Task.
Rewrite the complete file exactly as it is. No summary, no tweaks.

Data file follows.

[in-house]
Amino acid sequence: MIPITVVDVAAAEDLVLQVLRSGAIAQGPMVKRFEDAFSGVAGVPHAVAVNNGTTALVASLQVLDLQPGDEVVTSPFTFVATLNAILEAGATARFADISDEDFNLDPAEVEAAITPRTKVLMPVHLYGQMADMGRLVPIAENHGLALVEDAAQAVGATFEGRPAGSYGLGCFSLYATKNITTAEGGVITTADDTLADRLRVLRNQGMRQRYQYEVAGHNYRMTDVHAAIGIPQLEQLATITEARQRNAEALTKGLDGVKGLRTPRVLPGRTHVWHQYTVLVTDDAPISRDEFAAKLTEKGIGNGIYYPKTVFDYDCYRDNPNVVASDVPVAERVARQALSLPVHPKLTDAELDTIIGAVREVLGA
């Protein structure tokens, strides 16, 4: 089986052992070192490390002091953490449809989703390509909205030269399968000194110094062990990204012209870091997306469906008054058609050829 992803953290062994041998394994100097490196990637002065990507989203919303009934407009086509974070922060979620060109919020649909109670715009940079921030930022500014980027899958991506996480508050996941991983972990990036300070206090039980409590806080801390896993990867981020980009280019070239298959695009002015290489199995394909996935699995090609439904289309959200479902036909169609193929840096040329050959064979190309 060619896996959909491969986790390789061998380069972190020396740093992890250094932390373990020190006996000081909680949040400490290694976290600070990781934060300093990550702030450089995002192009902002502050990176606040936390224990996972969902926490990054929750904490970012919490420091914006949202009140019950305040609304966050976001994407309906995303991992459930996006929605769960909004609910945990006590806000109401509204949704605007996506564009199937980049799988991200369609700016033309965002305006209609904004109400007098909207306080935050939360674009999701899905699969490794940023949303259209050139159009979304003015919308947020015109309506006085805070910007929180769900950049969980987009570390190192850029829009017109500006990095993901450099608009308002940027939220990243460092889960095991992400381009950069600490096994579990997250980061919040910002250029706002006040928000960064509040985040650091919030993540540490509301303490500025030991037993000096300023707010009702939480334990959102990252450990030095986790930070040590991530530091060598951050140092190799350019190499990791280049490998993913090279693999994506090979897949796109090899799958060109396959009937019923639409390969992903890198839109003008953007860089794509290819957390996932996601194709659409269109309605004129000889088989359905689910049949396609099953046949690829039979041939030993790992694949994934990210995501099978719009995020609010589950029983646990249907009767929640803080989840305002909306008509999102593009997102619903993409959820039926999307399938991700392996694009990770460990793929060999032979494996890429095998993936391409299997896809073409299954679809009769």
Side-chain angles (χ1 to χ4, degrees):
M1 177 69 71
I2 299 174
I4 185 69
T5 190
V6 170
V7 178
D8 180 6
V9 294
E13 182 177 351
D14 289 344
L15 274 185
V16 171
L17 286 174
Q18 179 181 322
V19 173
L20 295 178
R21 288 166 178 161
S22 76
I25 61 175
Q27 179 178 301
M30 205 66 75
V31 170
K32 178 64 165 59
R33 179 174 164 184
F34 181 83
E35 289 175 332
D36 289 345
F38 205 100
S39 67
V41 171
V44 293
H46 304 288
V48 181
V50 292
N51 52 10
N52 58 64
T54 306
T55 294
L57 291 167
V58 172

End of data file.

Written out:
[in-house]
Amino acid sequence: MIPITVVDVAAAEDLVLQVLRSGAIAQGPMVKRFEDAFSGVAGVPHAVAVNNGTTALVASLQVLDLQPGDEVVTSPFTFVATLNAILEAGATARFADISDEDFNLDPAEVEAAITPRTKVLMPVHLYGQMADMGRLVPIAENHGLALVEDAAQAVGATFEGRPAGSYGLGCFSLYATKNITTAEGGVITTADDTLADRLRVLRNQGMRQRYQYEVAGHNYRMTDVHAAIGIPQLEQLATITEARQRNAEALTKGLDGVKGLRTPRVLPGRTHVWHQYTVLVTDDAPISRDEFAAKLTEKGIGNGIYYPKTVFDYDCYRDNPNVVASDVPVAERVARQALSLPVHPKLTDAELDTIIGAVREVLGA
């Protein structure tokens, strides 16, 4: 089986052992070192490390002091953490449809989703390509909205030269399968000194110094062990990204012209870091997306469906008054058609050829 992803953290062994041998394994100097490196990637002065990507989203919303009934407009086509974070922060979620060109919020649909109670715009940079921030930022500014980027899958991506996480508050996941991983972990990036300070206090039980409590806080801390896993990867981020980009280019070239298959695009002015290489199995394909996935699995090609439904289309959200479902036909169609193929840096040329050959064979190309 060619896996959909491969986790390789061998380069972190020396740093992890250094932390373990020190006996000081909680949040400490290694976290600070990781934060300093990550702030450089995002192009902002502050990176606040936390224990996972969902926490990054929750904490970012919490420091914006949202009140019950305040609304966050976001994407309906995303991992459930996006929605769960909004609910945990006590806000109401509204949704605007996506564009199937980049799988991200369609700016033309965002305006209609904004109400007098909207306080935050939360674009999701899905699969490794940023949303259209050139159009979304003015919308947020015109309506006085805070910007929180769900950049969980987009570390190192850029829009017109500006990095993901450099608009308002940027939220990243460092889960095991992400381009950069600490096994579990997250980061919040910002250029706002006040928000960064509040985040650091919030993540540490509301303490500025030991037993000096300023707010009702939480334990959102990252450990030095986790930070040590991530530091060598951050140092190799350019190499990791280049490998993913090279693999994506090979897949796109090899799958060109396959009937019923639409390969992903890198839109003008953007860089794509290819957390996932996601194709659409269109309605004129000889088989359905689910049949396609099953046949690829039979041939030993790992694949994934990210995501099978719009995020609010589950029983646990249907009767929640803080989840305002909306008509999102593009997102619903993409959820039926999307399938991700392996694009990770460990793929060999032979494996890429095998993936391409299997896809073409299954679809009769």
Side-chain angles (χ1 to χ4, degrees):
M1 177 69 71
I2 299 174
I4 185 69
T5 190
V6 170
V7 178
D8 180 6
V9 294
E13 182 177 351
D14 289 344
L15 274 185
V16 171
L17 286 174
Q18 179 181 322
V19 173
L20 295 178
R21 288 166 178 161
S22 76
I25 61 175
Q27 179 178 301
M30 205 66 75
V31 170
K32 178 64 165 59
R33 179 174 164 184
F34 181 83
E35 289 175 332
D36 289 345
F38 205 100
S39 67
V41 171
V44 293
H46 304 288
V48 181
V50 292
N51 52 10
N52 58 64
T54 306
T55 294
L57 291 167
V58 172